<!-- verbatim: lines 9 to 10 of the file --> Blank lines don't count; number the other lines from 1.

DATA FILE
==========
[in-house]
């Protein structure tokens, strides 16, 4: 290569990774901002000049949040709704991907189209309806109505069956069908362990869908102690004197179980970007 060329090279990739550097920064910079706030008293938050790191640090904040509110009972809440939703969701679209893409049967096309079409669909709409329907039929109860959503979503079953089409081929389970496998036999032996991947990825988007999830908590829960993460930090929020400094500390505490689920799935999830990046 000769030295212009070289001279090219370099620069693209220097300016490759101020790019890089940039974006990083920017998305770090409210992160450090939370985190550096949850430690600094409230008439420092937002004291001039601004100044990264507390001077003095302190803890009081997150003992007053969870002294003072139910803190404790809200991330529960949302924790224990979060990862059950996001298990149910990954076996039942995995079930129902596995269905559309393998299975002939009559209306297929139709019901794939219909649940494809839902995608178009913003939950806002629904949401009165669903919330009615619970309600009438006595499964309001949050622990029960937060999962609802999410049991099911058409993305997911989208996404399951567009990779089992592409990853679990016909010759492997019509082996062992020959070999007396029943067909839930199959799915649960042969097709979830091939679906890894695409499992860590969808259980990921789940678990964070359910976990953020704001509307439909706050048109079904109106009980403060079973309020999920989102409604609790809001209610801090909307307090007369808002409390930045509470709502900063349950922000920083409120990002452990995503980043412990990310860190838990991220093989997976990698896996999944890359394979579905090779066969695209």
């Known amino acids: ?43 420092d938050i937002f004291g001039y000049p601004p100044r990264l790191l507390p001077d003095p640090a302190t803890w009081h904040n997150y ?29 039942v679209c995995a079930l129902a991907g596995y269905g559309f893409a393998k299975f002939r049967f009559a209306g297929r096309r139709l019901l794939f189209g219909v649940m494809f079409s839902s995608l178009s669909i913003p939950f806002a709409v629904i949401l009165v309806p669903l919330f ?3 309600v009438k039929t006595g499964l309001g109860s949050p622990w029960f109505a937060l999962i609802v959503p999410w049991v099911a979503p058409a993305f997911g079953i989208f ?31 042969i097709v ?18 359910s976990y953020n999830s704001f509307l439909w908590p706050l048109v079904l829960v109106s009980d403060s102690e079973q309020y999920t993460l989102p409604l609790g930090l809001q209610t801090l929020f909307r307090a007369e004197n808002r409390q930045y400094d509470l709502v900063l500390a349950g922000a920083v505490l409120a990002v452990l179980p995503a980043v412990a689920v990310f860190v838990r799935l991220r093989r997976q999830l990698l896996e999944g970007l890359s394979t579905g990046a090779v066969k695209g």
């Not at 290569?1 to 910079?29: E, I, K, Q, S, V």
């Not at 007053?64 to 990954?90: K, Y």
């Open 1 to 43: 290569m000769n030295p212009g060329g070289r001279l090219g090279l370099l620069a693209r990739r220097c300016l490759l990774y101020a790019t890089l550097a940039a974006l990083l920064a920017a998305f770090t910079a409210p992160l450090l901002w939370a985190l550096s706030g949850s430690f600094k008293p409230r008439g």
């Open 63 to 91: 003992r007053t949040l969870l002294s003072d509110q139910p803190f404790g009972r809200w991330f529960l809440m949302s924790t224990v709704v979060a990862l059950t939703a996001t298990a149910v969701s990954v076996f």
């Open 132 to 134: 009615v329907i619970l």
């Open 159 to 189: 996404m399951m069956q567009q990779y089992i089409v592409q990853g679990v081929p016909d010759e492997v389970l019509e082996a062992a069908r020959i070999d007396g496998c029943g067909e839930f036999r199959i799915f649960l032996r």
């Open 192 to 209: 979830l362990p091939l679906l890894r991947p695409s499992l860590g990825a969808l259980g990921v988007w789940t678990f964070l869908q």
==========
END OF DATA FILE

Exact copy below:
């Open 159 to 189: 996404m399951m069956q567009q990779y089992i089409v592409q990853g679990v081929p016909d010759e492997v389970l019509e082996a062992a069908r020959i070999d007396g496998c029943g067909e839930f036999r199959i799915f649960l032996r």
């Open 192 to 209: 979830l362990p091939l679906l890894r991947p695409s499992l860590g990825a969808l259980g990921v988007w789940t678990f964070l869908q």